How to Know When to Break Up

A woman who need to know how to know when to break up, thinking as she sips her coffee and looks out the window.

Breaking up sucks. That’s probably why we let ourselves suffocate in bad relationships—anything to avoid the dreaded talk. But once you reach that breaking point, usually after a few months of arguing and passive aggressive bitterness, you’ll start considering the inevitable.

It’s a tough choice, but if you’re thinking it may be time to break up but are still feeling unsure, here are a few things to look out for that tell you it’s time. 

You’re sad more than happy.
The easiest way to know when to break up can be a simple question: are you smiling or frowning?  If you’re usually sad, the hardest thing is admitting it to yourself.

Sometimes we get so comfortable in a relationship that we forget what real happiness feels like. The relationship grows on you like a bad haircut, and the idea of fixing it and starting over again feels overwhelming. Truthfully though, it’s more overwhelming in the long run to settle for a bad relationship. So be with someone who makes you happy now, not eventually.

You’ve lost desire .
Desire has its ups and downs. Not every couple has to be googly-eyed and playing footsies under the table, but they should have a reasonable amount of desire for each other. If you often find you’re not in the mood, it’s usually a bad sign.

Couples who are deeply connected, both mentally and emotionally, want to touch each other. Even if it’s not always in a sexual way, they want to be physically close or playful. Little flirtations like cuddling and petting is important. When this desire goes missing, the connection is likely gone– time to break up.

You’ve grown apart.
People change, but are you changing together? As couples grow apart, they no longer share the same interests or goals. Maybe when you first met, you were both quiet hipsters who liked board games at home, but now your partner prefers going out to upscale lounges or dancing in clubs. Or what if you were outdoorsy people, but now your partner is a homebody.

Couples should have similar life destinations in order to keep following a unified path. If you aren’t growing together, either motivate them to rekindle that energy you once saw or let go.

You’re always fighting.
As an unwise man once said, “fighting means you care.” Ah, beep, wrong! Caring means you find respectful ways to deal with disagreements. Fighting is a hostile way of getting your point across, while only protecting your own needs—not your partner’s.

So if your version of working things out is full of toxic battling and tears, you’re not making progress. Save all that energy for a new relationship with someone who makes you more of a lover than a fighter.

There’s no effort.
In relationships, effort is like water. You can’t survive without it. Effort is all about making daily gestures that show your appreciation for your partner. Sweet right?

But what happens when this effort stops? You can sense it’s missing because the relationship will start to feel like a pointless highway cruise to nowhere. When there’s no destination driving the relationship, effort dies and so should your online status.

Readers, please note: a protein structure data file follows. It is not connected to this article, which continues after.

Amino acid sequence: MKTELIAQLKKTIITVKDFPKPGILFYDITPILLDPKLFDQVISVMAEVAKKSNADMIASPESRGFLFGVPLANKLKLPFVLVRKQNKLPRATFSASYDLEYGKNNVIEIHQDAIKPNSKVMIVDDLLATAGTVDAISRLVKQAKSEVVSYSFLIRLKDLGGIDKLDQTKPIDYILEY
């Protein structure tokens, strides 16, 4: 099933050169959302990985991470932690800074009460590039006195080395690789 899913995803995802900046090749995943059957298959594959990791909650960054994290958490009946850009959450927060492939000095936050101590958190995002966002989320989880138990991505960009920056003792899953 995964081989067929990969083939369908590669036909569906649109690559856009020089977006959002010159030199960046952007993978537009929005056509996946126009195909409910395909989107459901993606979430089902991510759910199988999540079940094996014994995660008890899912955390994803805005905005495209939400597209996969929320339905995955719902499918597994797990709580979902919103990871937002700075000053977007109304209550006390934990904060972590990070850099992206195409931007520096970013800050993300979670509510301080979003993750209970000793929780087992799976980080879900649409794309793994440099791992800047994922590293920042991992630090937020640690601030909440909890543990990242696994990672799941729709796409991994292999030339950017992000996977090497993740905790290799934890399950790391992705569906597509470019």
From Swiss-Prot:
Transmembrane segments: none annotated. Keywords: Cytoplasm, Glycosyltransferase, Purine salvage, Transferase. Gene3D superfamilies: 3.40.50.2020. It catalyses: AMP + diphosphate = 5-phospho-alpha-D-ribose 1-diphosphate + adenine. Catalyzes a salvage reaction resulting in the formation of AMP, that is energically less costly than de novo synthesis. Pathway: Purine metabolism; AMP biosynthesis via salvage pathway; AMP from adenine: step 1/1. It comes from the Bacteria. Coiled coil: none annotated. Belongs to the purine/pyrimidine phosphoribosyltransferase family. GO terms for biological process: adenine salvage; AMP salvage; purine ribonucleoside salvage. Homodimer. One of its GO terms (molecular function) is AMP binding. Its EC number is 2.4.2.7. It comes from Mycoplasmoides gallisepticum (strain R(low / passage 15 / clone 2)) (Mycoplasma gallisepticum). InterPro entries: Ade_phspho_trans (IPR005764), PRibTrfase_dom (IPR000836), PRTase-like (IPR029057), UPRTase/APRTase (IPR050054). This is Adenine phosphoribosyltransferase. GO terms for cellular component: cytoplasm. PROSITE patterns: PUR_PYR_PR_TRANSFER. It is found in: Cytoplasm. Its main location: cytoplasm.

There’s no trust.
Love without trust is mayhem. It’s painful, exhausting and turns you more into a CIA agent than a happy partner. A relationship can’t be healthy when one of you is constantly doing homework on each other’s whereabouts and call history.

Whether it’s you or them who’s struggling with trust, the consequences are drama-filled either way. A person who can’t is never secure in the relationship so they’re constantly battling for proof of their partner’s loyalty. And the person who wants to be trusted will never get the peace and openness they crave. Trying to maintain a relationship without trust is chaos. No matter who’s responsible, both parties suffer. At this point, you know when to break up.

You can’t picture the future.
Look into that crystal ball brain of yours—what do you see? If your vision of a future together makes you uneasy, it’s a red flag. This feeling is your body’s way of telling you the relationship is not right spiritually. Our bodies react to things that aren’t good for us by giving us those icky feelings when we’re at risk of trouble. Think of it as your body’s emotional protection system.

There are other signs that show this person is not your future. Maybe you don’t like bringing them around your family or the idea of having kids with them gives you anxiety. These bad feelings are normal, but make sure you listen to them. They’re saying, “ time to break up.”

Breaking up with someone is hard. But staying in a bad relationship is even harder. If you know these signs apply to you, trust your gut. 

Alex Bocknek

Alex Bocknek is the senior editor of The Date Mix and works at Zoosk, the online dating service. He’s also a recovering music critic and an aspiring fiction writer (probably lost) on the way to an independent bookstore near you. He can be found occasionally musing about politics, philosophy, and love in the modern world.

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